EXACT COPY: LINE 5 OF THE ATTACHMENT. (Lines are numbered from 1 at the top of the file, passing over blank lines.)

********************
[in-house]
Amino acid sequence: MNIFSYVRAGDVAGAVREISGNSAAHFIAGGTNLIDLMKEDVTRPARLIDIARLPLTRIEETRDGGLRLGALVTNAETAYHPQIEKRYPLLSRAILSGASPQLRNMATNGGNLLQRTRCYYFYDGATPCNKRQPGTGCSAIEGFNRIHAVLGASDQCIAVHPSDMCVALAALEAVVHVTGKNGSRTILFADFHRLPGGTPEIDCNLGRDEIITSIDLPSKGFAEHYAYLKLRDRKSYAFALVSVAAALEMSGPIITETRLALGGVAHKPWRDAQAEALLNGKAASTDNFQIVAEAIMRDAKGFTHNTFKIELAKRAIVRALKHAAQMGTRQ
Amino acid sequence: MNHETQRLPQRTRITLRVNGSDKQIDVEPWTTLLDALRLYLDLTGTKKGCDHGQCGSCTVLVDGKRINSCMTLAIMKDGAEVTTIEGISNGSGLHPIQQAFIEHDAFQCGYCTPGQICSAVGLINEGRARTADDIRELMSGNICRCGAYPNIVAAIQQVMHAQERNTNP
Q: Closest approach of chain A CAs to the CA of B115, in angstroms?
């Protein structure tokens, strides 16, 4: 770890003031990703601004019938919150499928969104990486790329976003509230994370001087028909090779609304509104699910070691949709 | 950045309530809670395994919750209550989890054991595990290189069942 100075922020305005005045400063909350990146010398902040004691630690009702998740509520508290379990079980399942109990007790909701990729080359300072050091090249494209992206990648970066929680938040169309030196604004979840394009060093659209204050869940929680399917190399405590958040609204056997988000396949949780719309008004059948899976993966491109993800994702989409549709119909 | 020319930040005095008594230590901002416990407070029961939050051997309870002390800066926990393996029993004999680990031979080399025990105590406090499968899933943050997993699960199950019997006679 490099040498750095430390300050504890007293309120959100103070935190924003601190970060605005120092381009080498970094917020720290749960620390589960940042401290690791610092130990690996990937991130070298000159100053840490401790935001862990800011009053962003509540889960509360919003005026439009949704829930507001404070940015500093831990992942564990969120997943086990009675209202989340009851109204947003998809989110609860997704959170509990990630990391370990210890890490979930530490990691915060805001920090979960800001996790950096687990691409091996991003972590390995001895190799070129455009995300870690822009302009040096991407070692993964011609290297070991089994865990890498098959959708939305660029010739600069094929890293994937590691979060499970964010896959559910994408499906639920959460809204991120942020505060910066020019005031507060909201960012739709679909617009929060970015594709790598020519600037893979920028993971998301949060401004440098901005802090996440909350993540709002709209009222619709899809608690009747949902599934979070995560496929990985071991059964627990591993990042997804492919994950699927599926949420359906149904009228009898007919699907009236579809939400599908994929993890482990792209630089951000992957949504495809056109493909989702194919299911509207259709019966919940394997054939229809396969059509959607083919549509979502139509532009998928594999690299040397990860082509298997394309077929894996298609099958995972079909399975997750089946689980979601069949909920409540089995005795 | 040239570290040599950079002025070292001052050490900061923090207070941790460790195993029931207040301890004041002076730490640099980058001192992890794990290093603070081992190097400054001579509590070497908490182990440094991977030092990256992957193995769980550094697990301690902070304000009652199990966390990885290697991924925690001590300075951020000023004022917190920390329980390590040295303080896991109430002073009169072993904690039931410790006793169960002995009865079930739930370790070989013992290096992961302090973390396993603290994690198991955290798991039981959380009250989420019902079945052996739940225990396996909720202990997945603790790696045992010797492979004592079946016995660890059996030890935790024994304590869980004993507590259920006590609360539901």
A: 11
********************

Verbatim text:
């Protein structure tokens, strides 16, 4: 770890003031990703601004019938919150499928969104990486790329976003509230994370001087028909090779609304509104699910070691949709 | 950045309530809670395994919750209550989890054991595990290189069942 100075922020305005005045400063909350990146010398902040004691630690009702998740509520508290379990079980399942109990007790909701990729080359300072050091090249494209992206990648970066929680938040169309030196604004979840394009060093659209204050869940929680399917190399405590958040609204056997988000396949949780719309008004059948899976993966491109993800994702989409549709119909 | 020319930040005095008594230590901002416990407070029961939050051997309870002390800066926990393996029993004999680990031979080399025990105590406090499968899933943050997993699960199950019997006679 490099040498750095430390300050504890007293309120959100103070935190924003601190970060605005120092381009080498970094917020720290749960620390589960940042401290690791610092130990690996990937991130070298000159100053840490401790935001862990800011009053962003509540889960509360919003005026439009949704829930507001404070940015500093831990992942564990969120997943086990009675209202989340009851109204947003998809989110609860997704959170509990990630990391370990210890890490979930530490990691915060805001920090979960800001996790950096687990691409091996991003972590390995001895190799070129455009995300870690822009302009040096991407070692993964011609290297070991089994865990890498098959959708939305660029010739600069094929890293994937590691979060499970964010896959559910994408499906639920959460809204991120942020505060910066020019005031507060909201960012739709679909617009929060970015594709790598020519600037893979920028993971998301949060401004440098901005802090996440909350993540709002709209009222619709899809608690009747949902599934979070995560496929990985071991059964627990591993990042997804492919994950699927599926949420359906149904009228009898007919699907009236579809939400599908994929993890482990792209630089951000992957949504495809056109493909989702194919299911509207259709019966919940394997054939229809396969059509959607083919549509979502139509532009998928594999690299040397990860082509298997394309077929894996298609099958995972079909399975997750089946689980979601069949909920409540089995005795 | 040239570290040599950079002025070292001052050490900061923090207070941790460790195993029931207040301890004041002076730490640099980058001192992890794990290093603070081992190097400054001579509590070497908490182990440094991977030092990256992957193995769980550094697990301690902070304000009652199990966390990885290697991924925690001590300075951020000023004022917190920390329980390590040295303080896991109430002073009169072993904690039931410790006793169960002995009865079930739930370790070989013992290096992961302090973390396993603290994690198991955290798991039981959380009250989420019902079945052996739940225990396996909720202990997945603790790696045992010797492979004592079946016995660890059996030890935790024994304590869980004993507590259920006590609360539901």